Thank you, uncles
I've watched a lot of cricket over the past few years, sometimes alone, sometimes with knowledgeable cricket-analysing friends who spend the time between overs discussing the biomechanics of the square cut or the quality of top-soil required for a track that will spin on day four. I love it.
But nothing comes close to my childhood cricket-watching experiences, when watching a game meant watching it with my dad and a group of uncles whose love for the game was matched only by the depth of their collective bias.
This was during the mid-eighties, when India, buoyed by a World Cup victory followed by a few successive tournament wins, suddenly gave their fans cause for optimism. Finally, despite the presence of Madan Lal and Ashok Malhotra in the team, we believed we could win cricket matches against the very best teams, except West Indies. My uncles were probably a part of the first generation of the "We must win every game, take a wicket every over, hit every ball for four - otherwise we suck" category of Indian cricket fan that is so commonly found today.
They were an imposing bunch - bank managers, insurance company head honchos, and NRIs of uncertain occupation ("Oh, he is with some big company in Muscat"). You couldn't disagree with them, unless you were one of them. Their wives would grumpily serve coffee, mutter under their breaths and retreat to the safety of the kitchen. The kids would never dare admit they liked Craig McDermott or Carl Hooper or Richard Hadlee if that specific player was out of favour with the grand council. Deep down, you suspected they didn't know all that much about cricket, and were sure that they had no actual say in team selection or match scheduling. But I don't think they had any such doubts - they gathered, snacked, and let fly with some of the most colourful, memorable, and sometimes downright bizarre cricket-based utterances of all time.
Most of them seemed to pull off the rather impressive feat of believing that India was simultaneously the best and the worst team in the world. "Useless fellows!" someone would thunder after a heartbreaking loss. "They should stop playing cricket altogether for a few years." As if depriving the team of international competition would somehow ensure that they would suddenly discover a winning formula. Yet, despite this evident negativity, they expected India to win every single game, in the manner of devoted parents sincerely believing that their dullish son would one day achieve exam scores that were disproportionate to his ability and prove that he was better than Sanjay Dugar, or whoever was the designated "first-rank" boy in class. This expectation of non-stop success from India is about as fair as expecting Harbhajan Singh to rack up a Test match batting average in the low fifties. Yet, thanks to the efforts of the early fans, the thought process continues unabated to this day.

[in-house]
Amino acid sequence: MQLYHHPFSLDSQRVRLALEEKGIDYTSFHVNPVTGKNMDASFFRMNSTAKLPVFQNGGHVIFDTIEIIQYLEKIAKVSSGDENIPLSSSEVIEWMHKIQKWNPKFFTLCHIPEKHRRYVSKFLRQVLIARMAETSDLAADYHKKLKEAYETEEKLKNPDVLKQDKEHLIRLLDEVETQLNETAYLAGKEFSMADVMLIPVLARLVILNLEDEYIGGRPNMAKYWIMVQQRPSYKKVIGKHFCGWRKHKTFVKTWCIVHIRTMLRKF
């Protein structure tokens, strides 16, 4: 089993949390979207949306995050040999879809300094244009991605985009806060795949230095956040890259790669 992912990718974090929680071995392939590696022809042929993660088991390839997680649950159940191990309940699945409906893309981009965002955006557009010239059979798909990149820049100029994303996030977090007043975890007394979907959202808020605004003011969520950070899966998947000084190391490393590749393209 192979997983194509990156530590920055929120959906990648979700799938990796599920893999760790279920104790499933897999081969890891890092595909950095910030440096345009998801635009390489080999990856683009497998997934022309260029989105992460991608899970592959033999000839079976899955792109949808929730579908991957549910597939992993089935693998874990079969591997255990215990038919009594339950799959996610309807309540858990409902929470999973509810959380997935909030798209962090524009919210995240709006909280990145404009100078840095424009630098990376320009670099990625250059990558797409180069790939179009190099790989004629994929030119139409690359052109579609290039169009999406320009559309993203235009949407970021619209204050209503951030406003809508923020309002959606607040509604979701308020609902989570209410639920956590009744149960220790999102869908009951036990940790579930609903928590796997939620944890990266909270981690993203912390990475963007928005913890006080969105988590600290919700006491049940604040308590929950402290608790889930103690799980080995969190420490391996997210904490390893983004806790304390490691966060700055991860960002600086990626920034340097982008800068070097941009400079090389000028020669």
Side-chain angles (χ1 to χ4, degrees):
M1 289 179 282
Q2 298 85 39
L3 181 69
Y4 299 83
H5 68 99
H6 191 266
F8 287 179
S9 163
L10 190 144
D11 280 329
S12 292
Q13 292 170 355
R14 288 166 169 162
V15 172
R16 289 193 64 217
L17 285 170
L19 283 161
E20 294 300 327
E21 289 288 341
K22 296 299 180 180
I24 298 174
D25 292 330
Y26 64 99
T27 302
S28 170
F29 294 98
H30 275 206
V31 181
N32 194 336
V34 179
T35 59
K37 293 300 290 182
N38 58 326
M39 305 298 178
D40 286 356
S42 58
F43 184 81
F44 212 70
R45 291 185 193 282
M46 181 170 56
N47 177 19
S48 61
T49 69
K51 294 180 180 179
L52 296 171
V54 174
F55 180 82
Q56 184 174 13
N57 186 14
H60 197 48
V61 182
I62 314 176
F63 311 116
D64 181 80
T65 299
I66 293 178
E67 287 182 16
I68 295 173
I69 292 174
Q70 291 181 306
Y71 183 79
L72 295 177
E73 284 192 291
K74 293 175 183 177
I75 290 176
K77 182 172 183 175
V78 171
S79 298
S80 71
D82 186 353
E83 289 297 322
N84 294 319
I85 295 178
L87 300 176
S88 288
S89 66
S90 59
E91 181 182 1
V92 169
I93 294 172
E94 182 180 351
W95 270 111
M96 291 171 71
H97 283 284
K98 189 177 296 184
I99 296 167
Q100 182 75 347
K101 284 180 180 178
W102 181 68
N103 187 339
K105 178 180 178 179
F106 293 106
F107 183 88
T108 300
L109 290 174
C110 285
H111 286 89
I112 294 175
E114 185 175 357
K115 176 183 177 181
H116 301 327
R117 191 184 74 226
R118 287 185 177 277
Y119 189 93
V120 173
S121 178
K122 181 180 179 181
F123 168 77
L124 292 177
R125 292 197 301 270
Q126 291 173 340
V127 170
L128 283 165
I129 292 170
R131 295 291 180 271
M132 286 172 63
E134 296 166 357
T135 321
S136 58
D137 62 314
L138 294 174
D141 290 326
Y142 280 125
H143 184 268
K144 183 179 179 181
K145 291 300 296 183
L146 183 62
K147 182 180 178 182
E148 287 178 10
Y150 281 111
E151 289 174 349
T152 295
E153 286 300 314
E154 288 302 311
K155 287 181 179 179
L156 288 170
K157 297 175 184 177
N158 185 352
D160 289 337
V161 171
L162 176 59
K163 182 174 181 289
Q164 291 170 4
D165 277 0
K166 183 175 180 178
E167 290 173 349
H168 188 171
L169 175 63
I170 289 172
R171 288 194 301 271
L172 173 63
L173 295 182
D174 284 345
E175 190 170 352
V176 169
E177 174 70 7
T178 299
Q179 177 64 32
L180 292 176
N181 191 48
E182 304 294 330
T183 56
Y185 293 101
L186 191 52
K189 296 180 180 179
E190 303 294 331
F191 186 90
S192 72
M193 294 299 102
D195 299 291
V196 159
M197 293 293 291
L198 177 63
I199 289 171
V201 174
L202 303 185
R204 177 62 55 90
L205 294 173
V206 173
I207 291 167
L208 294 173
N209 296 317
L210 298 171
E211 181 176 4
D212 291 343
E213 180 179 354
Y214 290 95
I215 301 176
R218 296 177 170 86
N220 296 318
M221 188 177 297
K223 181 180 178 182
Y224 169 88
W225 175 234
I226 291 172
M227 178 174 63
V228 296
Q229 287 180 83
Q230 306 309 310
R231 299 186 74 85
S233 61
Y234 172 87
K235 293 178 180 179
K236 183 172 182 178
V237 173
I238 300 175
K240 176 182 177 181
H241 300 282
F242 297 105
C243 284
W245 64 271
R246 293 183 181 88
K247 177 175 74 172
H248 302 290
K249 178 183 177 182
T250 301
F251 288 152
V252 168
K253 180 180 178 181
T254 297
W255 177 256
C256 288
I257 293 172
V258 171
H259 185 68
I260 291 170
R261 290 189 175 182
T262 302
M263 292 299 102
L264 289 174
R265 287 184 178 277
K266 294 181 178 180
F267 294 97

One of the uncles, a particularly opinionated gent, (he was senior management at TVS or some other South Indian business giant, and was probably used to every single one of his opinions being enthusiastically agreed with by an army of safari suit-clad subordinates) was known for his impulsive and emotional responses to events on the pitch.
A misfield would result in, "Amarnath should be sacked immediately", causing my young mind to conjure up pictures of BCCI officials hurriedly running on to the field to convey the bad news to Jimmy, who would then sadly trot off and play no further part in the match. A good catch would result in, "He is the only fellow who is playing for the team. Sack everyone else and make him the captain", a suggestion that essentially meant that the athletic fielder would be skipper of a team that had no other players. I can only hope that my uncle's management style at work did not reflect his cricket team selection views - it would have resulted in a number of junior managers at TVS losing their jobs because they had forgotten to bring their pens or neglected to berate the peon over his shoddy footwear.
The uncles' favourite players were also expected to be granted immunity from being dismissed leg-before. If my father's opinion of every single lbw decision given against Sachin Tendulkar is to be taken seriously, his (Sachin's, not my father's) Test average would be 66.87. Include close run-out calls, dodgy caught-behinds, and catches close to the ground, and it inches closer to 75. If my dad could figure out a way to somehow introduce an element of doubt to the times Tendulkar has been out clean bowled, his average would probably be around 3269.53. Well above that pesky Bradman, who only played against mediocre attacks anyway.
But despite believing that K Srikkanth was better than Sunil Gavaskar, despite insisting that umpires from Pakistan, Australia, Sri Lanka, New Zealand, West Indies and England (other than Dickie Bird) were cheats, despite claiming that Hindi commentary has dismissed more Indian batsmen than Wasim Akram has, these were men who loved their cricket, and made sure that a bunch of us youngsters inherited that love. Thank you, gentlemen - watching the games with you was a blast.
Anand Ramachandran is a writer and humourist based in Mumbai. He blogs at bosey.co.in